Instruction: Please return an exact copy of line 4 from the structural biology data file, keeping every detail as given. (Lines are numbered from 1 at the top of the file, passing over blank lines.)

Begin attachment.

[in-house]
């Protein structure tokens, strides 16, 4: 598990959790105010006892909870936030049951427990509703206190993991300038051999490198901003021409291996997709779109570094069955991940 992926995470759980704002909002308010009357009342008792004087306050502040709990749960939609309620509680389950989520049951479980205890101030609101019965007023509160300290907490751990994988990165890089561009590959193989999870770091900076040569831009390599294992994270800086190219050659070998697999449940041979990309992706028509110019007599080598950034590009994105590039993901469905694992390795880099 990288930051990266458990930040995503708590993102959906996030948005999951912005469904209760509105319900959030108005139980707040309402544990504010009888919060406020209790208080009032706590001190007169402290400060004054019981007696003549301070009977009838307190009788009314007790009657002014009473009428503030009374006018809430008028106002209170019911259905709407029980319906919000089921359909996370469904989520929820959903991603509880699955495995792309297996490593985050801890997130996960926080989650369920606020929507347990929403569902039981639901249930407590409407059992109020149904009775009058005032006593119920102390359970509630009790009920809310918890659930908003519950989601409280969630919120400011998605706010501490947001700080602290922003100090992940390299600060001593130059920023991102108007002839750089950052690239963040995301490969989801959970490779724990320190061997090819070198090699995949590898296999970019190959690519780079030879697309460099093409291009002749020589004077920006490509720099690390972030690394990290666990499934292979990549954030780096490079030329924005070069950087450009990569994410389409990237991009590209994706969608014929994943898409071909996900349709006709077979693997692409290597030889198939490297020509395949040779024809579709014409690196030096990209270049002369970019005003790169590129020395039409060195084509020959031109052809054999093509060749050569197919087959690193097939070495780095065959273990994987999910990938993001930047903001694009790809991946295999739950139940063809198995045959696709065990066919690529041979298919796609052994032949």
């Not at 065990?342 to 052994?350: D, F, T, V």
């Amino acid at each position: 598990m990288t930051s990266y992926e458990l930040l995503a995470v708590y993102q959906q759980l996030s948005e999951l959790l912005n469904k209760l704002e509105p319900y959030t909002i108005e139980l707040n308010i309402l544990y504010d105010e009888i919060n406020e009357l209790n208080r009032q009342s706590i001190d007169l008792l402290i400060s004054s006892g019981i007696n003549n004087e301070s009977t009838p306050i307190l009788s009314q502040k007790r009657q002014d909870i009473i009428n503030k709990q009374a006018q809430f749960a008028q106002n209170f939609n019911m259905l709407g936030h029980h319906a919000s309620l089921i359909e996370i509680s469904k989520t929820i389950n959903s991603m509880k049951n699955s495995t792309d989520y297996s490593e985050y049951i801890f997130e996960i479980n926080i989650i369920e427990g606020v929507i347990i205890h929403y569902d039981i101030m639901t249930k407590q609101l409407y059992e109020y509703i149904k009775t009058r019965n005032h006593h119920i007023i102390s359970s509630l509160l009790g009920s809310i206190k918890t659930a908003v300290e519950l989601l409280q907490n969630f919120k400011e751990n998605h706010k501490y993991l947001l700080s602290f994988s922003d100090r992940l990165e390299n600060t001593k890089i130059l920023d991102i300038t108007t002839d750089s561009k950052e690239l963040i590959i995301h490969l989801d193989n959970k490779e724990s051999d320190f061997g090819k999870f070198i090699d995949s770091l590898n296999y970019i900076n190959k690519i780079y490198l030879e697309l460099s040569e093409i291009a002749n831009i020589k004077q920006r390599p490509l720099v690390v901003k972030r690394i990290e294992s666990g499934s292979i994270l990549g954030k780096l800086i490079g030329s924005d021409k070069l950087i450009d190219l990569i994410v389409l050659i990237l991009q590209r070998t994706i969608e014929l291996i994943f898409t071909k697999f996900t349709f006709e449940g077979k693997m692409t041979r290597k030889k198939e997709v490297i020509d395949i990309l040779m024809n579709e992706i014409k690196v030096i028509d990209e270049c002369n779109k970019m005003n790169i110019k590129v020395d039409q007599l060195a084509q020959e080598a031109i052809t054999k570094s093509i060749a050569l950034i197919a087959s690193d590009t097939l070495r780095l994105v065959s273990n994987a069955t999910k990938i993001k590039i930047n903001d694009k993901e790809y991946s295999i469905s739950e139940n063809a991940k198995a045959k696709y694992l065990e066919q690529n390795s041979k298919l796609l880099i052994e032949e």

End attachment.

């Amino acid at each position: 598990m990288t930051s990266y992926e458990l930040l995503a995470v708590y993102q959906q759980l996030s948005e999951l959790l912005n469904k209760l704002e509105p319900y959030t909002i108005e139980l707040n308010i309402l544990y504010d105010e009888i919060n406020e009357l209790n208080r009032q009342s706590i001190d007169l008792l402290i400060s004054s006892g019981i007696n003549n004087e301070s009977t009838p306050i307190l009788s009314q502040k007790r009657q002014d909870i009473i009428n503030k709990q009374a006018q809430f749960a008028q106002n209170f939609n019911m259905l709407g936030h029980h319906a919000s309620l089921i359909e996370i509680s469904k989520t929820i389950n959903s991603m509880k049951n699955s495995t792309d989520y297996s490593e985050y049951i801890f997130e996960i479980n926080i989650i369920e427990g606020v929507i347990i205890h929403y569902d039981i101030m639901t249930k407590q609101l409407y059992e109020y509703i149904k009775t009058r019965n005032h006593h119920i007023i102390s359970s509630l509160l009790g009920s809310i206190k918890t659930a908003v300290e519950l989601l409280q907490n969630f919120k400011e751990n998605h706010k501490y993991l947001l700080s602290f994988s922003d100090r992940l990165e390299n600060t001593k890089i130059l920023d991102i300038t108007t002839d750089s561009k950052e690239l963040i590959i995301h490969l989801d193989n959970k490779e724990s051999d320190f061997g090819k999870f070198i090699d995949s770091l590898n296999y970019i900076n190959k690519i780079y490198l030879e697309l460099s040569e093409i291009a002749n831009i020589k004077q920006r390599p490509l720099v690390v901003k972030r690394i990290e294992s666990g499934s292979i994270l990549g954030k780096l800086i490079g030329s924005d021409k070069l950087i450009d190219l990569i994410v389409l050659i990237l991009q590209r070998t994706i969608e014929l291996i994943f898409t071909k697999f996900t349709f006709e449940g077979k693997m692409t041979r290597k030889k198939e997709v490297i020509d395949i990309l040779m024809n579709e992706i014409k690196v030096i028509d990209e270049c002369n779109k970019m005003n790169i110019k590129v020395d039409q007599l060195a084509q020959e080598a031109i052809t054999k570094s093509i060749a050569l950034i197919a087959s690193d590009t097939l070495r780095l994105v065959s273990n994987a069955t999910k990938i993001k590039i930047n903001d694009k993901e790809y991946s295999i469905s739950e139940n063809a991940k198995a045959k696709y694992l065990e066919q690529n390795s041979k298919l796609l880099i052994e032949e």